19

I have an array of hashes, something like

[ {:type=>"Meat", :name=>"one"}, 
  {:type=>"Meat", :name=>"two"}, 
  {:type=>"Fruit", :name=>"four"} ]

and I want to convert it to this

{ "Meat" => ["one", "two"], "Fruit" => ["Four"]}

I tried group_by but then i got this

{ "Meat" => [{:type=>"Meat", :name=>"one"}, {:type=>"Meat", :name=>"two"}],
  "Fruit" => [{:type=>"Fruit", :name=>"four"}] }

and then I can't modify it to leave just the name and not the full hash. I need to do this in one line because is for a grouped_options_for_select on a Rails form.

1
22
array.group_by{|h| h[:type]}.each{|_, v| v.replace(v.map{|h| h[:name]})}
# => {"Meat"=>["one", "two"], "Fruit"=>["four"]}

Following steenslag's suggestion:

array.group_by{|h| h[:type]}.each{|_, v| v.map!{|h| h[:name]}}
# => {"Meat"=>["one", "two"], "Fruit"=>["four"]}
4
  • 5
    The last block can be written as {|_, v| v.map!{|h| h[:name]}}
    – steenslag
    Sep 20 '13 at 16:14
  • @steenslag Thanks. I forgot about it.
    – sawa
    Sep 20 '13 at 16:23
  • ...or each_value..., and don't see why the !. Sep 20 '13 at 17:01
  • .each_value {|v| v.map!{|h| h[:name]}} works, but I see ! is needed. Sep 20 '13 at 17:22
16

In a single iteration over initial array:

arry.inject(Hash.new([])) { |h, a| h[a[:type]] += [a[:name]]; h }
2
  • Nice! (But your preamble sounds like a drum roll. :-) ) Sep 20 '13 at 17:18
  • 2
    Your answer has given me greater insight into the coolness of inject. Thanks! Sep 20 '13 at 18:09
3

Using ActiveSuport's Hash#transform_values:

array.group_by{ |h| h[:type] }.transform_values{ |hs| hs.map{ |h| h[:name] } }
#=> {"Meat"=>["one", "two"], "Fruit"=>["four"]}
1
  • 1
    transform_values is now part of Ruby itself (since 2.4, I think).
    – Henrik N
    Mar 25 '20 at 10:57
2
array = [{:type=>"Meat", :name=>"one"}, {:type=>"Meat", :name=>"two"}, {:type=>"Fruit", :name=>"four"}]
array.inject({}) {|memo, value| (memo[value[:type]] ||= []) << value[:name]; memo}
2

I would do as below :

hsh =[{:type=>"Meat", :name=>"one"}, {:type=>"Meat", :name=>"two"}, {:type=>"Fruit", :name=>"four"}]
p Hash[hsh.group_by{|h| h[:type] }.map{|k,v| [k,v.map{|h|h[:name]}]}]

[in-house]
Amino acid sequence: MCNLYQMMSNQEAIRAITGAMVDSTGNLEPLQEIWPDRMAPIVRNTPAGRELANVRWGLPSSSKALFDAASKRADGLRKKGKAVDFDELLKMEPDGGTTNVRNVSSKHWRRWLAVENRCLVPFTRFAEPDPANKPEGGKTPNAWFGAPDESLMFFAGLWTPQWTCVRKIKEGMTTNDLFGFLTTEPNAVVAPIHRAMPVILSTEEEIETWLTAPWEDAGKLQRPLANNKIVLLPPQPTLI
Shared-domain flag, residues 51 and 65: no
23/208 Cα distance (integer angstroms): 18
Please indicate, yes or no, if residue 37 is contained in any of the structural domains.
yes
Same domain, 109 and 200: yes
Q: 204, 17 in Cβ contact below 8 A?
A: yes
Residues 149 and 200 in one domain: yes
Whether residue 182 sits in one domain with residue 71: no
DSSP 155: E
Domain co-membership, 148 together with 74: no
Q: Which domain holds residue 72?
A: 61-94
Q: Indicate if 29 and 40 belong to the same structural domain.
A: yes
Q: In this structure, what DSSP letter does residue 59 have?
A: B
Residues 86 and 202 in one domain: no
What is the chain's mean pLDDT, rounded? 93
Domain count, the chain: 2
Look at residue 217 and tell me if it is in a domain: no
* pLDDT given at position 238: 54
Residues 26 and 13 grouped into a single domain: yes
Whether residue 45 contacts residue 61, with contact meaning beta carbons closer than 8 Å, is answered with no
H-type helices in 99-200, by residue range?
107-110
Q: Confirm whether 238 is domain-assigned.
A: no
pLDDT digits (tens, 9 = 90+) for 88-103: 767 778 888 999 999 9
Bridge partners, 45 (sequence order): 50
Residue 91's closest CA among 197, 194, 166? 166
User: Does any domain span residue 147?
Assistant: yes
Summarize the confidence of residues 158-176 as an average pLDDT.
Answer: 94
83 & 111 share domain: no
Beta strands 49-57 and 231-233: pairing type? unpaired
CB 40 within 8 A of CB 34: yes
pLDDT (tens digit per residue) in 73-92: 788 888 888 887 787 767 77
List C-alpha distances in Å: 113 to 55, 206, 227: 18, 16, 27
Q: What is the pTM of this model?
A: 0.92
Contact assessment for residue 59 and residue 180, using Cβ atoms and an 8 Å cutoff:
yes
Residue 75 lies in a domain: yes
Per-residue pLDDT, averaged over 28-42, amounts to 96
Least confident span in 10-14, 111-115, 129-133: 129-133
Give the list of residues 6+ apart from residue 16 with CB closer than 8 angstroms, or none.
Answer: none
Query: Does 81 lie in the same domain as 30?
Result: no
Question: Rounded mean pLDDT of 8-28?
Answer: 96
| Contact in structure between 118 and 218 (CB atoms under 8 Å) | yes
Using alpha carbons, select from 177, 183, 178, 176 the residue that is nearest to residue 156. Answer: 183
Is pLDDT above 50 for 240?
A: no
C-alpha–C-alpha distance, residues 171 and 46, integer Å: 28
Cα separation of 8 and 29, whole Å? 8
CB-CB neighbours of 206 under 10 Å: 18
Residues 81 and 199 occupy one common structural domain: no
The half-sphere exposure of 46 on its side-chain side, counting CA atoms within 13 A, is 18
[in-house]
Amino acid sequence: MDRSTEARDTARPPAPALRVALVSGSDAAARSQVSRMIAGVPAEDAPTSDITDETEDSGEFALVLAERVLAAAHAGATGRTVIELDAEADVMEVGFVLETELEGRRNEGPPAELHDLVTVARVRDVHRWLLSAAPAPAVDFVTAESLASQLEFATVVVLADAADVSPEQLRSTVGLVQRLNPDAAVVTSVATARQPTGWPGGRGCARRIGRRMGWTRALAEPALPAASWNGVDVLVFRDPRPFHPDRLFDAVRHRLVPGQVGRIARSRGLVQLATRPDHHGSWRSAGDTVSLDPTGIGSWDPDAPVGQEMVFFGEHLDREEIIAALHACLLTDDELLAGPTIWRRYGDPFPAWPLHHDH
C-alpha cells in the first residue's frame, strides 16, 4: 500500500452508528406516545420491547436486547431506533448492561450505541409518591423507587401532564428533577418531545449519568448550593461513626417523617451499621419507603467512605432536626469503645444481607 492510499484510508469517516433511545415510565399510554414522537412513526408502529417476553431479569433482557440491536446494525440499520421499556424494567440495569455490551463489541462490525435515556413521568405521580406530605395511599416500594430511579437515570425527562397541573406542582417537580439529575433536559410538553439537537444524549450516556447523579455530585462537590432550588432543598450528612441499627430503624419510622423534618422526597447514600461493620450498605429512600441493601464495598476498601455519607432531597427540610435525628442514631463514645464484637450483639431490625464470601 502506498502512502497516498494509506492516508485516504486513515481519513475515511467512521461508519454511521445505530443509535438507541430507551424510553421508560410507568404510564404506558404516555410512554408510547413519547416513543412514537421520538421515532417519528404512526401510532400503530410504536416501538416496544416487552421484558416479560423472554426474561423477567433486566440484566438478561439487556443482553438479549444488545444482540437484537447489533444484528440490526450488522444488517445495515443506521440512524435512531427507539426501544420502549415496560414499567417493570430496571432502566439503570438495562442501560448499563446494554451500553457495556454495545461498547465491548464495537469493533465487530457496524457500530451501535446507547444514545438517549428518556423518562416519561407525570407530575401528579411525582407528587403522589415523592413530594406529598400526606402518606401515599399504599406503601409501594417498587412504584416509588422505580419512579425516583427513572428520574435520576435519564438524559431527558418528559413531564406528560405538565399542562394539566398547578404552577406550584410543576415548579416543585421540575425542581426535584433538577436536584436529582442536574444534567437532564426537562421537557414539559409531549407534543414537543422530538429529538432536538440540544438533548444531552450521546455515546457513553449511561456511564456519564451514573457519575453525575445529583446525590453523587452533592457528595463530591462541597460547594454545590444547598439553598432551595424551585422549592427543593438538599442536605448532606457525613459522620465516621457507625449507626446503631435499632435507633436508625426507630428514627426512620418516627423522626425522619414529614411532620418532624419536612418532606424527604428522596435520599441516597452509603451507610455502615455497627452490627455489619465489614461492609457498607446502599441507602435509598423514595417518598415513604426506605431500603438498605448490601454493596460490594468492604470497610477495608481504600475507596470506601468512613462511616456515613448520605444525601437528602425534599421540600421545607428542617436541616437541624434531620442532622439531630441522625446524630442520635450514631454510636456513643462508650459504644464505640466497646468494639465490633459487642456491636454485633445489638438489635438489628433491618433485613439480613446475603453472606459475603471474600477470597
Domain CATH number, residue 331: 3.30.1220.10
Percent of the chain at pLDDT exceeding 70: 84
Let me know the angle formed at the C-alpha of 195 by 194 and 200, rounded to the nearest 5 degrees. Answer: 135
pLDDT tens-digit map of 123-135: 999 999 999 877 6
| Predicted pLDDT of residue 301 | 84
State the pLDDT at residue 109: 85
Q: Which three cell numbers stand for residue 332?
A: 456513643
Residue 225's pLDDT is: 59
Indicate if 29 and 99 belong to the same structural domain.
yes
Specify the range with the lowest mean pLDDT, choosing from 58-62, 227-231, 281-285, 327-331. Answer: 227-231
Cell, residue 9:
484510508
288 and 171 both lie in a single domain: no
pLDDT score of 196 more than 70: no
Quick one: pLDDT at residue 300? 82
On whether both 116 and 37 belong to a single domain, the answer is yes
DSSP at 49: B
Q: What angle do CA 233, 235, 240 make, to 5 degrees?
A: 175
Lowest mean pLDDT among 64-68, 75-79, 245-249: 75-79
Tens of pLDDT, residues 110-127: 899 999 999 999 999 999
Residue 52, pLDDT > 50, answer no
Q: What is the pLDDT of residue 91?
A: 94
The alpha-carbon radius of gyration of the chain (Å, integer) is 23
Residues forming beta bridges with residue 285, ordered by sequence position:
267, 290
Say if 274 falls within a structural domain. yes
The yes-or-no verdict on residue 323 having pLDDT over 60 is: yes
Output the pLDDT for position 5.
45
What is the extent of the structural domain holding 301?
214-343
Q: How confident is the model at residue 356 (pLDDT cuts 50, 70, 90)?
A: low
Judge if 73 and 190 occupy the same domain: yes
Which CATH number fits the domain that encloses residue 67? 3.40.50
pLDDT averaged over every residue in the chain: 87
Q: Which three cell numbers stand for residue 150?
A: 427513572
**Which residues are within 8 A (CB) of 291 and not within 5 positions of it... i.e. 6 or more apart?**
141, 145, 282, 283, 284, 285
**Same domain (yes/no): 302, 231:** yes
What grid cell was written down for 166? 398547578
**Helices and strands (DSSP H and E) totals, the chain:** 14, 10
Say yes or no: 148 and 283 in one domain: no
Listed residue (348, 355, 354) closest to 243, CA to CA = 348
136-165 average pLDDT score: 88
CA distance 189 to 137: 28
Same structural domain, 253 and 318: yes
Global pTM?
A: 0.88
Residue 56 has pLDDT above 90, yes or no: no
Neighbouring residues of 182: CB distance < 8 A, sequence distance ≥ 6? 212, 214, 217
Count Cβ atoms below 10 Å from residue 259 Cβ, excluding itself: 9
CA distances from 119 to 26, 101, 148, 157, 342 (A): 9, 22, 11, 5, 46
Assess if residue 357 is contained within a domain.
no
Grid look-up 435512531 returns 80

# >> {"Meat"=>["one", "two"], "Fruit"=>["four"]}
0

@ArupRakshit answer, slightly modified (the function has been added for sake of clarity in the final example):

def group(list, by, at)
  list.group_by { |h| h[by] }.map { |k,v| [ k , v.map {|h| h[at]} ] }.to_h
end

sample =[
  {:type=>"Meat",  :name=>"one",  :size=>"big"   },
  {:type=>"Meat",  :name=>"two",  :size=>"small" },
  {:type=>"Fruit", :name=>"four", :size=>"small" }
]

group(sample, :type, :name) # => {"Meat"=>["one", "two"], "Fruit"=>["four"]}
group(sample, :size, :name) # => {"big"=>["one"], "small"=>["two", "four"]}

Please, notice that, although not mentioned in the question, you may want to preserve the original sample as it is. Some answers kept provision on this, others not as.

After grouping (list.group_by {...}) the part that does the transformation (without modifying the original sample's values) is:

.map { |k,v| [ k , v.map {|h| h[at]} ] }.to_h

Some hints:

  1. iterating the pairs of the Hash of groups (first map), where
  2. for each iteration, we receive |group_key, array] and return an Array of [group_key, new_array] (outer block),
  3. and finally to_h transforms the Array of Arrays into the Hash (this [[gk1,arr1],[gk2,arr2]...] into this { gk1 => arr1, gk2 => arr2, ...})

There is one missing step not explained at step (2) above. new_array is made by v.map {|h| h[at]}, which justs casts the value at of each original Hash (h) element of the array (so we move from Array of Hashes to an Array of elements).

Hope that helps others to understand the example.

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